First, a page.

By Nyoko Brown
Many advocates for health equity are emphasizing Equity-Oriented Health Care (EOHC) as a standard for delivering sustainable and accessible healthcare to vulnerable communities. Individuals experiencing homelessness face physical and social barriers to care that programs with an EOHC approach could begin to mitigate. EOHC is healthcare that is tailored to the patient that is being treated with cultural sensitivity and trauma- and violence-informed care (Gilboe, 2018). Los Angeles Clinics tackling the alarming number of HCV cases within the homeless community serve as a current model for how healthcare can evolve to meet the needs of those without stable housing.
EOHC is fulfilled by three main components, which are to be trauma-and violence-infomed, advocate for harm reduction, and cultivate an environment for cultural safety. For care to be trauma and violence informed, it must commit to an awareness and acknowledgement of trauma, establish trust and a sense of safety between the patient and the provider, dignify the patient’s choices, and provide space for patient control and collaboration. Care that advocates for harm reduction promotes programs, practices, policies, and philosophies that center mental health when discussing and treating substance use. Cultural safety in a healthcare setting acknowledges and counteracts healthcare inequities rooted in racism, discrimination, and inequitable power relations. (Purkey, 2019). Most importantly, EOHC demands that changes to the delivery of healthcare be informed by people with lived experience.
Experiences within the healthcare system impact unhoused people in ways that lead to further stigmatization of their situation, as well as their own decreased desire and ability to seek care. One account given by a participant in the study Experience of healthcare among the homeless and vulnerably housed a qualitative study: opportunities for equity-oriented health care provided sensitive insight into the negative impacts of stigma faced by those with substance use who are unhoused when they seek medical care [TW: SA].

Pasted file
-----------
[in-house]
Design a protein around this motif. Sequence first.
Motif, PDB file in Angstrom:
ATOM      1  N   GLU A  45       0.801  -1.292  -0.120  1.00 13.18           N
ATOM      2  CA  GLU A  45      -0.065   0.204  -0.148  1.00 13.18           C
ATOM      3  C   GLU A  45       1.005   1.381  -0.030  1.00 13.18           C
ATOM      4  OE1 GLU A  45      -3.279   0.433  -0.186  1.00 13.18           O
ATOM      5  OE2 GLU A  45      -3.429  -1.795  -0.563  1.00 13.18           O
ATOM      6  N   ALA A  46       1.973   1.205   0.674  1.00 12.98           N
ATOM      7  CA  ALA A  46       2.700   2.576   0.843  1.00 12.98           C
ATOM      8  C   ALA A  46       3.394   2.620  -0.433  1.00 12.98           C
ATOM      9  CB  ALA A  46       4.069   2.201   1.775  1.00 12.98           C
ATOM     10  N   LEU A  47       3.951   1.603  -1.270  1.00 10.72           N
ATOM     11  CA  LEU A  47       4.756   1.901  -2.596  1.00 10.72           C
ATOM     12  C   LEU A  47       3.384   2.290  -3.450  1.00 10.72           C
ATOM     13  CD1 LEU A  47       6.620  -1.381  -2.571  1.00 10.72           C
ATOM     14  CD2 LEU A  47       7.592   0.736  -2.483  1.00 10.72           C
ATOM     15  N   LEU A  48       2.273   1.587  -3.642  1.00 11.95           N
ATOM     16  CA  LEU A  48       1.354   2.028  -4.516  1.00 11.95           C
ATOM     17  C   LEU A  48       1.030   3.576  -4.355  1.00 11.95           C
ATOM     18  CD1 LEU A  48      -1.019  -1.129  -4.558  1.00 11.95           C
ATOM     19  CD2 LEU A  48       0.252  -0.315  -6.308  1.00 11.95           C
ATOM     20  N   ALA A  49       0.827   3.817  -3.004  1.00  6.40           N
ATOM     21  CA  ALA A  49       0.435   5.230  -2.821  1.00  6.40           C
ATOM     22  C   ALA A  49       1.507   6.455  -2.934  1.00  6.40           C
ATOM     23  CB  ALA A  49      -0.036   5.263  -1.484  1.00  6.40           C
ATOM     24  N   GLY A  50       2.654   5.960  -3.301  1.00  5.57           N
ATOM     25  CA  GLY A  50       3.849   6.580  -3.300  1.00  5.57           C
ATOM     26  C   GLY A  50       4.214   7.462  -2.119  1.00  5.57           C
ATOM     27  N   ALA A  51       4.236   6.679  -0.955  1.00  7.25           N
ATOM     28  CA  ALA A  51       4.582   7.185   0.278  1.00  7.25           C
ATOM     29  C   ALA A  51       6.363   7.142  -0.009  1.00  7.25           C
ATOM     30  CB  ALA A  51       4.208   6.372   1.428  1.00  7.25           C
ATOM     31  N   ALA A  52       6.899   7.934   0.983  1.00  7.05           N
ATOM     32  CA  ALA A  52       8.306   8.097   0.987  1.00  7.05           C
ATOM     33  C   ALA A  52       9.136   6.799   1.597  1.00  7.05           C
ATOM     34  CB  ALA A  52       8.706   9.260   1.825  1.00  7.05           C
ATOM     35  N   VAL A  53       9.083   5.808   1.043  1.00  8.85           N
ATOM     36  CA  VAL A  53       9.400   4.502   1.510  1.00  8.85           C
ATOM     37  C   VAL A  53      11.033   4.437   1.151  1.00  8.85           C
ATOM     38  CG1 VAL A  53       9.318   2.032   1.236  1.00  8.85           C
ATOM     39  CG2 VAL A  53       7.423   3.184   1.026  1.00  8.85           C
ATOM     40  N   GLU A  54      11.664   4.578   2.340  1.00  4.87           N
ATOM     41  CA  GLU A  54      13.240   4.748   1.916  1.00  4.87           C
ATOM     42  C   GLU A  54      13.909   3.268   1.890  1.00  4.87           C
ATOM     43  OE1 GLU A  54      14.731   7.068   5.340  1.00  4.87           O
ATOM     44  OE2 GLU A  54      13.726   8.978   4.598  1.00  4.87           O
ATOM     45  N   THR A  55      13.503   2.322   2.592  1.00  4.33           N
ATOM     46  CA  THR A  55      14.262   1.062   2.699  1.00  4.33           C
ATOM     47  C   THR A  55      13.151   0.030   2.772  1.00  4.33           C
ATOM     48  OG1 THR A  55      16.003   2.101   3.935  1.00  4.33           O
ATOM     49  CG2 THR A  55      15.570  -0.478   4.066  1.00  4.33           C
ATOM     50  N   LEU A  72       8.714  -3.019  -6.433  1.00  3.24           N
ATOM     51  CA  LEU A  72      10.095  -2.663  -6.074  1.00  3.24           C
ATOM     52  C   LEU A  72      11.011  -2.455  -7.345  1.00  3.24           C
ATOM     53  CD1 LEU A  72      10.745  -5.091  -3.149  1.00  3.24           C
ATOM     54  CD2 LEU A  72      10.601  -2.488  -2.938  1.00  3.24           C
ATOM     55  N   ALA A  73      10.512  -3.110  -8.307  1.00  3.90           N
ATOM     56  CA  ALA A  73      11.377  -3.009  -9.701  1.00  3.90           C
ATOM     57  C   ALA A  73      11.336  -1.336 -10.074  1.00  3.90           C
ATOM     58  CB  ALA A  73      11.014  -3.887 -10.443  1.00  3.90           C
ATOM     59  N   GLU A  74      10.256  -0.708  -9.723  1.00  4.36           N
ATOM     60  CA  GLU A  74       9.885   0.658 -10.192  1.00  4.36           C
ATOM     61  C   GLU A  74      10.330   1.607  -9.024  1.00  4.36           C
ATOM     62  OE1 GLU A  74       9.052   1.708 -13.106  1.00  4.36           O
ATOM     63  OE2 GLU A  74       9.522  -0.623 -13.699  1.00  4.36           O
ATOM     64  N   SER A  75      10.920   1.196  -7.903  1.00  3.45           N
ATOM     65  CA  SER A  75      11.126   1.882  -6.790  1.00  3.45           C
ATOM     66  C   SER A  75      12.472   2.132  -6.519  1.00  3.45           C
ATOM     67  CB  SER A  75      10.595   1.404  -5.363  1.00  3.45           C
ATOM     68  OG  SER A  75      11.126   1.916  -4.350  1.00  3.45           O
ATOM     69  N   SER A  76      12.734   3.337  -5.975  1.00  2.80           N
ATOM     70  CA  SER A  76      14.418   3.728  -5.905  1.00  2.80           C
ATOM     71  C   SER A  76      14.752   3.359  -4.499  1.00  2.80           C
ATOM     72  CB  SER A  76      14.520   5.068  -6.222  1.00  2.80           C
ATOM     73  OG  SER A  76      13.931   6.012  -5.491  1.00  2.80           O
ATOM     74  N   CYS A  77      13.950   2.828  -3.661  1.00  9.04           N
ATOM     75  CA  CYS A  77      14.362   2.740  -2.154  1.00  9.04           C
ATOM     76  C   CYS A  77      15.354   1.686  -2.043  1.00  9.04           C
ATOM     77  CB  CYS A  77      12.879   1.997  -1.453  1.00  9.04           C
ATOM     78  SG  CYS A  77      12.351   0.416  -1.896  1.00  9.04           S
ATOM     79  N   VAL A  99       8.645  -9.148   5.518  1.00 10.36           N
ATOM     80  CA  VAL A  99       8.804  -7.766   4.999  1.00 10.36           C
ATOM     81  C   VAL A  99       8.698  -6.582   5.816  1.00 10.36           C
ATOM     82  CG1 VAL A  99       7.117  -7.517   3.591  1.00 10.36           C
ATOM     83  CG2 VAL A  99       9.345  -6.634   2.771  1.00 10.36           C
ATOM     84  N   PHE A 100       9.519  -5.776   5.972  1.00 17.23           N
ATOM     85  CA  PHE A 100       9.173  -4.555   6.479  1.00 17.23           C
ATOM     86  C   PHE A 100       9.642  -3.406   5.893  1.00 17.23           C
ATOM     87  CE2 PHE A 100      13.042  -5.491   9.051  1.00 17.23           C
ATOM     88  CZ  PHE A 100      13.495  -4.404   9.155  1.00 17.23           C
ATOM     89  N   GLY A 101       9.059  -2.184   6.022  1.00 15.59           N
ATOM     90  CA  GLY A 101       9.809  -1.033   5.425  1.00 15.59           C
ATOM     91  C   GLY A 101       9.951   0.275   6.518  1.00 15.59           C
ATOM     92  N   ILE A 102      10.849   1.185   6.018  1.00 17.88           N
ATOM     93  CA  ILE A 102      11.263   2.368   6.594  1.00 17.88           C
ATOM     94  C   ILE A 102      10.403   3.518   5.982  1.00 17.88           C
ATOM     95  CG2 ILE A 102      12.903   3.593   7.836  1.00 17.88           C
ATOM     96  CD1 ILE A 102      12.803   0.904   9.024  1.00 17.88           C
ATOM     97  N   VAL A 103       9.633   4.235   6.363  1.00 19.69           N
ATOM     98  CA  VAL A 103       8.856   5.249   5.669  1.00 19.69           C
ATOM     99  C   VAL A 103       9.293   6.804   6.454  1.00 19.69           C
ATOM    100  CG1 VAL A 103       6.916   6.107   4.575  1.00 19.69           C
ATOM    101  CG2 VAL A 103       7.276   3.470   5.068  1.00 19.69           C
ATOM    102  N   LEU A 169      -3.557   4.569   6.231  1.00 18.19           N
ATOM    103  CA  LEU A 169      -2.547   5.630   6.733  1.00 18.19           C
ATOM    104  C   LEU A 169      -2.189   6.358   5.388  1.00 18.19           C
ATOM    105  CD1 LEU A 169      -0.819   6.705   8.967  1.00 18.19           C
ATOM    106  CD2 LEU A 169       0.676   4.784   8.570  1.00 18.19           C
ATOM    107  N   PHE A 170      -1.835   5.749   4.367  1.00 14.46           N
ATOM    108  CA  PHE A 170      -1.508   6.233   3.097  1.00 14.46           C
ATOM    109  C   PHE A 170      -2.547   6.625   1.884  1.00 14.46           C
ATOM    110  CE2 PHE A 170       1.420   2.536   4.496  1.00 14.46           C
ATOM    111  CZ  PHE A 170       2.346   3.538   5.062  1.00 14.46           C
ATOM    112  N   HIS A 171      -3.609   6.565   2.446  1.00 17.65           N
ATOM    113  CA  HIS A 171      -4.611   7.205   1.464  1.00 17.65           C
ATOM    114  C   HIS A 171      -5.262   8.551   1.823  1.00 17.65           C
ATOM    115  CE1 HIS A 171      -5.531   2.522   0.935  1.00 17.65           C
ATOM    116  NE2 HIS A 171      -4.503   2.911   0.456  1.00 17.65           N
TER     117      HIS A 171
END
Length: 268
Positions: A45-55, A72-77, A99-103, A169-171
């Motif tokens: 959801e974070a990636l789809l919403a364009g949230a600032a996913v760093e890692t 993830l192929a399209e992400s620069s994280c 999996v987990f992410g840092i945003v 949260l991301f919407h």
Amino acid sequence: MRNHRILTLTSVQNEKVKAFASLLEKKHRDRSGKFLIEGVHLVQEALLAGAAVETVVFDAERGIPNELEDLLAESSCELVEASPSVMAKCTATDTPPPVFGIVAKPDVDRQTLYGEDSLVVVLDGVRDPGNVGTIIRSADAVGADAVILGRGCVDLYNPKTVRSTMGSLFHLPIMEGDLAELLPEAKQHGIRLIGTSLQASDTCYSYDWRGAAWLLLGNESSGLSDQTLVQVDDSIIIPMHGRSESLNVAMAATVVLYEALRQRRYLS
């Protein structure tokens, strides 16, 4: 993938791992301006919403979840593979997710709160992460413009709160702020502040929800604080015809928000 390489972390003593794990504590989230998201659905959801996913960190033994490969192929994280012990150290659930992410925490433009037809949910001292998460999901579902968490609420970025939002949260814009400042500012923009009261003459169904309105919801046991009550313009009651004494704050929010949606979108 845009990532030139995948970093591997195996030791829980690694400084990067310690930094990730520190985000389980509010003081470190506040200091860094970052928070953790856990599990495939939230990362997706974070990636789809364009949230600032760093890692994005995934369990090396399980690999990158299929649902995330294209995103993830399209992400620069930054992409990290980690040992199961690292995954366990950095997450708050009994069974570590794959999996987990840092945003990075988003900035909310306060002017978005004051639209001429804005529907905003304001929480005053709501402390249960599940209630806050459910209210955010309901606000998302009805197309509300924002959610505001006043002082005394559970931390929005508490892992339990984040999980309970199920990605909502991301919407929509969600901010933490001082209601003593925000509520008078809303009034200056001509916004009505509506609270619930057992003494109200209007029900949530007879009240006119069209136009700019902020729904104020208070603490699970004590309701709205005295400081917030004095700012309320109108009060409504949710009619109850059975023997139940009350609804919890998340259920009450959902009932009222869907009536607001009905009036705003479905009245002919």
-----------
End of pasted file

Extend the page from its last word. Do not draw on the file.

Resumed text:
"I’ll share a story that was shared with me. [This woman] had suffered a brutal rape. Horrific. Absolutely horrific. She was a woman in her late 40s. Lived on the street throughout her whole life, back and forth. She was telling me her story. She needed to share it […] and she didn’t cry. Not one tear when she talked about the abuse that she endured [..]. She wept when she talked about how she got treated at the hospital because she was bleeding so profusely and she flinched at a needle and the comment from the nurse was made to her: 'Well look at your arms, as if you have a problem with needles". That weighed so heavily and this is when the woman broke down. The abuse was horrific but she had almost been marinating in that level of violence and abuse all her life. The devastating part of it all was the shame she felt from the hospital […] because of her I.V. drug use."
Anticipated stigma from shared experiences among the unhoused population is followed by an increased noncompliance with provider recommendations, assuming the provider did not dismiss the patient altogether on account of their substance use. While it was found the health service was improved in the presence of an advocate, this fact only made it more apparent to researchers the discrimination faced by those who are unhoused, especially if they have substance use. However, it was also found that how much someone valued healthcare could be positively impacted by receiving care that did not compromise their dignity, and where providers extended compassion and established trust. One participant of the same study provided the following positive quote.
“They are really like, hey we like the atmosphere of this place. We like that people here treat us really nice and we’re people. We feel loved. There are paramedics here who are, you know, assisting us. Um we really feel safe in this space and like there’s no judgment and we want to keep coming back here.”